Wilhelm Gesenius

GeseniusGesenius' Hebrew Grammar
Heinrich Friedrich Wilhelm Gesenius (3 February 1786 – 23 October 1842) was a German orientalist, Lutheran, and Biblical critic.wikipedia
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Tetragrammaton

YHWHGodYahweh
He is credited, among other things, with the reconstructed pronunciation of the Tetragrammaton, "Yahweh."
The Hebrew scholar Wilhelm Gesenius [1786–1842] suggested that the Hebrew punctuation יַהְוֶה, which is transliterated into English as Yahweh, might more accurately represent the pronunciation of the tetragrammaton than the Biblical Hebrew punctuation "יְהֹוָה", from which the English name Jehovah has been derived.

Carl Peter Wilhelm Gramberg

C. P. W. Gramberg
Among his pupils the most eminent were Peter von Bohlen, C. P. W. Gramberg, A. G. Hoffmann, Hermann Hupfeld, Emil Rödiger, J. F. Tuch, Johann Karl Wilhelm Vatke and Theodor Benfey.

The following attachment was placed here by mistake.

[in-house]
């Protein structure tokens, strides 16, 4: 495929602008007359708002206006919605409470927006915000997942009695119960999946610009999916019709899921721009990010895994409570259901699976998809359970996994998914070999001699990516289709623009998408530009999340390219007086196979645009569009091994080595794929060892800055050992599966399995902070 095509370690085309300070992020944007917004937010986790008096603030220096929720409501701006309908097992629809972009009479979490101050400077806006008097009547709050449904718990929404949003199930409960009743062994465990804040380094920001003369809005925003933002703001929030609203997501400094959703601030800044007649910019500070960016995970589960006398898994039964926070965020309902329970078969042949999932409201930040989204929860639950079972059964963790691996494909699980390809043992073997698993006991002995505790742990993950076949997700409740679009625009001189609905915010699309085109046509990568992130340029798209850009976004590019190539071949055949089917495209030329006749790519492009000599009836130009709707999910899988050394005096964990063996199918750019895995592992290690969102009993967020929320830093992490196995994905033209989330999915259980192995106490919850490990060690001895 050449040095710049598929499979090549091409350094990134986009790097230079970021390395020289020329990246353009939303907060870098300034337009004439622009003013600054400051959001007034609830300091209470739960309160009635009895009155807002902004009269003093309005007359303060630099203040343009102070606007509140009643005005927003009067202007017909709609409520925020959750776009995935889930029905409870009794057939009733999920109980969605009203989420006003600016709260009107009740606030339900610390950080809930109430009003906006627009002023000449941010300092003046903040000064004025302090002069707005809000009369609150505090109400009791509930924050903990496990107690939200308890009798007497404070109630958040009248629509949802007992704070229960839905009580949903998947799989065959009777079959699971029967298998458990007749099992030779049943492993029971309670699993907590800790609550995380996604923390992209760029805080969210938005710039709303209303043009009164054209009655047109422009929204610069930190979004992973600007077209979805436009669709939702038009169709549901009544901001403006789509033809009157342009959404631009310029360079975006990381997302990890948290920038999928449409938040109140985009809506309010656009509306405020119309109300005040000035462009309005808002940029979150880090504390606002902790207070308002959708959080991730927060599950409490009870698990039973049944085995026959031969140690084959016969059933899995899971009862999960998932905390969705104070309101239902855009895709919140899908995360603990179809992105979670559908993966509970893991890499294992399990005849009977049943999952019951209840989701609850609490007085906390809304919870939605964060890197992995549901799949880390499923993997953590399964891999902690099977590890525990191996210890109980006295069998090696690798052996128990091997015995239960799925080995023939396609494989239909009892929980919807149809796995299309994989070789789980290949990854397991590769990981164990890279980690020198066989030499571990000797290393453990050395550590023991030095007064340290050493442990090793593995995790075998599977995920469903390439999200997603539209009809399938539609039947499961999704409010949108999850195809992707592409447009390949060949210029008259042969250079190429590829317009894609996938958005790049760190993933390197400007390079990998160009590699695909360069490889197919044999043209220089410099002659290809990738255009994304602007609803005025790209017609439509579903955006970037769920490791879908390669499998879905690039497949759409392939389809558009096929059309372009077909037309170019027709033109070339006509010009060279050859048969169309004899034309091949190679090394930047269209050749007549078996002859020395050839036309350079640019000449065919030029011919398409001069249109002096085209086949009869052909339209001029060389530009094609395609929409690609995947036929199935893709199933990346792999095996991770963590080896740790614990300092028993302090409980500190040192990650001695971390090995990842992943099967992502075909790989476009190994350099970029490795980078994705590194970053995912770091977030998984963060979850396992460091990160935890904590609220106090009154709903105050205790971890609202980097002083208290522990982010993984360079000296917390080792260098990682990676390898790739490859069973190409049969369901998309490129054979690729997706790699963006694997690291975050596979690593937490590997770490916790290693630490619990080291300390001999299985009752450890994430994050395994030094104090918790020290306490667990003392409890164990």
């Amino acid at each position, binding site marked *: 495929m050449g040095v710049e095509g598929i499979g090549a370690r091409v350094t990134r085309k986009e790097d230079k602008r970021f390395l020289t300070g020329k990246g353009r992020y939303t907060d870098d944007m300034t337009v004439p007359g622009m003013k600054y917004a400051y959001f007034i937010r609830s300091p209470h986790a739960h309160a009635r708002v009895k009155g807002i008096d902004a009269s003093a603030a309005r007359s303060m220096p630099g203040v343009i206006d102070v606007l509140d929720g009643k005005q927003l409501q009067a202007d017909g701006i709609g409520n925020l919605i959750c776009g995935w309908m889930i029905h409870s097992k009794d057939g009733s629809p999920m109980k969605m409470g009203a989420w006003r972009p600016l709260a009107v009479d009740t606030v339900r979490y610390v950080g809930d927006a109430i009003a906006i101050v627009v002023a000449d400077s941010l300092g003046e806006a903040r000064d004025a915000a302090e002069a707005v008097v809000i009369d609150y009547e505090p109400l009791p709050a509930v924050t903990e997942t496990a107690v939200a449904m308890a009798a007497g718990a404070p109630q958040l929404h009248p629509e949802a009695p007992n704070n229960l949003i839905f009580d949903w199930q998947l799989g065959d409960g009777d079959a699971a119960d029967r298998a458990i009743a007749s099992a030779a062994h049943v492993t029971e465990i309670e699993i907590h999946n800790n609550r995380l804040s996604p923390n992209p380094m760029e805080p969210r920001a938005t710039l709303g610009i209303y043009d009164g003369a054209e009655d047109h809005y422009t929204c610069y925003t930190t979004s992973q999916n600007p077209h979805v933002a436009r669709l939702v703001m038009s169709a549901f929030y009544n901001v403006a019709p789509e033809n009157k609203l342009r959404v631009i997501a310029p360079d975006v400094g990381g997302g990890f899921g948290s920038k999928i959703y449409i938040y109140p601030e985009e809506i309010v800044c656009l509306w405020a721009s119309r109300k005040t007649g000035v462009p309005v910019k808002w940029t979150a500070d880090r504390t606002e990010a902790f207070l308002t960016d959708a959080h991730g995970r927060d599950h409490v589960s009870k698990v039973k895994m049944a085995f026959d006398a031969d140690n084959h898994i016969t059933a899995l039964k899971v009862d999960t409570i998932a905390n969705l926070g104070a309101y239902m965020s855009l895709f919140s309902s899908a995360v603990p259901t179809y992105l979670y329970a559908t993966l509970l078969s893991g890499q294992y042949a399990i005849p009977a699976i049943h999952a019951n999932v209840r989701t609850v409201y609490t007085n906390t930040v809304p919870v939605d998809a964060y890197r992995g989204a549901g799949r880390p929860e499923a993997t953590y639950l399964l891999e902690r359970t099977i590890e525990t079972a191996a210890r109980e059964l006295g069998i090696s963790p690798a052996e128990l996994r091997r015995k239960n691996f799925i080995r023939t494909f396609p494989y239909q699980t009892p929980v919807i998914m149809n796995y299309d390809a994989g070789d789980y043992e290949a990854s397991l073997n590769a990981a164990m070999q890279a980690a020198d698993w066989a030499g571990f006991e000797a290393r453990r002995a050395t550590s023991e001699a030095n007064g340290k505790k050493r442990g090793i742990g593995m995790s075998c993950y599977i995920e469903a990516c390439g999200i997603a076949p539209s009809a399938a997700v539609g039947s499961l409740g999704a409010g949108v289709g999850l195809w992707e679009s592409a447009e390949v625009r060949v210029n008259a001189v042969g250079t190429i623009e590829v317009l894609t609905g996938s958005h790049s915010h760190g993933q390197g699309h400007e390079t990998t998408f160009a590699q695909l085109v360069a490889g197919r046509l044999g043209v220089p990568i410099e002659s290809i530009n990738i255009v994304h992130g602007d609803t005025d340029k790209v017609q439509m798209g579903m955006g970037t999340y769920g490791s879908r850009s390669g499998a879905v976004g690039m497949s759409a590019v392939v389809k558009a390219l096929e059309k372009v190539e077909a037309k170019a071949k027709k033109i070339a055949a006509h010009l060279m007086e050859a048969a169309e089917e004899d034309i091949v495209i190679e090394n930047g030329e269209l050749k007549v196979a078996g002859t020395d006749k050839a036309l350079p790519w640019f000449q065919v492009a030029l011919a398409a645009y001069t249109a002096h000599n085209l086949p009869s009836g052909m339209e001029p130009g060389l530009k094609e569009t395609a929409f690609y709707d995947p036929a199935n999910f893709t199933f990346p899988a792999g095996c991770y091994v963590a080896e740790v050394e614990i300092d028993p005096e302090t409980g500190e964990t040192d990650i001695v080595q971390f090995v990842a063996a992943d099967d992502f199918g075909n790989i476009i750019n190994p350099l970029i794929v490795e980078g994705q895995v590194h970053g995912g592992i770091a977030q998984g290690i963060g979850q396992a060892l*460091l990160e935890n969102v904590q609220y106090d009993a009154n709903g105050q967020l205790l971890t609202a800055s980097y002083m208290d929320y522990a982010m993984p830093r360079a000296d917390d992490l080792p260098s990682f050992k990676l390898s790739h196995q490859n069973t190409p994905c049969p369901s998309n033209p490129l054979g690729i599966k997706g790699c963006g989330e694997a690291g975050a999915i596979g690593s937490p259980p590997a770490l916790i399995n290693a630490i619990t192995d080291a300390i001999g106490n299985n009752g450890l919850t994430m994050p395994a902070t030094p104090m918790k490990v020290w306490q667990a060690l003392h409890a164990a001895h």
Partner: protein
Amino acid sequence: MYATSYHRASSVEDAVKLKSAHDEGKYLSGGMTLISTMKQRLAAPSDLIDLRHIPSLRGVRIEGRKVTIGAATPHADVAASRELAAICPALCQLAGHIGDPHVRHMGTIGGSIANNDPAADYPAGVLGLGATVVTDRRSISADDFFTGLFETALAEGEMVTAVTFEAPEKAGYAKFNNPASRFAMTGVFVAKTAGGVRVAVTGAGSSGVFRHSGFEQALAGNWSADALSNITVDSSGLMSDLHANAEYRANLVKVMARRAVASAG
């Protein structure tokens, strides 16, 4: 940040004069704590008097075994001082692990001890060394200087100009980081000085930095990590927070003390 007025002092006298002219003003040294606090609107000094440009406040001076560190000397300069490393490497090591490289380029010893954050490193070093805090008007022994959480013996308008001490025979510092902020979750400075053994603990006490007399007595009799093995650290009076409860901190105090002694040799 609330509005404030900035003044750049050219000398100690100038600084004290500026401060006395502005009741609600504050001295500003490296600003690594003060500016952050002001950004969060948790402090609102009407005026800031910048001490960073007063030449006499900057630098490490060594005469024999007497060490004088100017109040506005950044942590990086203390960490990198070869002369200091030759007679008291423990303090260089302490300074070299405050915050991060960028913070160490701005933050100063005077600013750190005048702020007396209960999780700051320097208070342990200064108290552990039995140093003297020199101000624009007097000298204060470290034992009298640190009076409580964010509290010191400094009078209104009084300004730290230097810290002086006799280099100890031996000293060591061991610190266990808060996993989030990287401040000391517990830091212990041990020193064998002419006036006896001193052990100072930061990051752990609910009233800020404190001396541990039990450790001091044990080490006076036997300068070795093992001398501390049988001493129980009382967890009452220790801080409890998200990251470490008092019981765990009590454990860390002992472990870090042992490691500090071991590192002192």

Gramberg attended university at Halle, where he studied Hebrew Bible and Theology under Wilhelm Gesenius and Julius Wegscheider.

Johann Karl Thilo

The only interruptions occurred in 1813–1814, occasioned by the German War of Liberation (War of the Sixth Coalition), during which the university was closed, and those occasioned by two prolonged literary tours, first in 1820 to Paris, London and Oxford with his colleague Johann Karl Thilo (1794–1853) for the examination of rare oriental manuscripts, and in 1835 to England and the Netherlands in connection with his Phoenician studies.
In 1820 he travelled to Paris, London and Oxford with his colleague Heinrich Friedrich Wilhelm Gesenius for the examination of rare Eastern manuscripts.

University of Helmstedt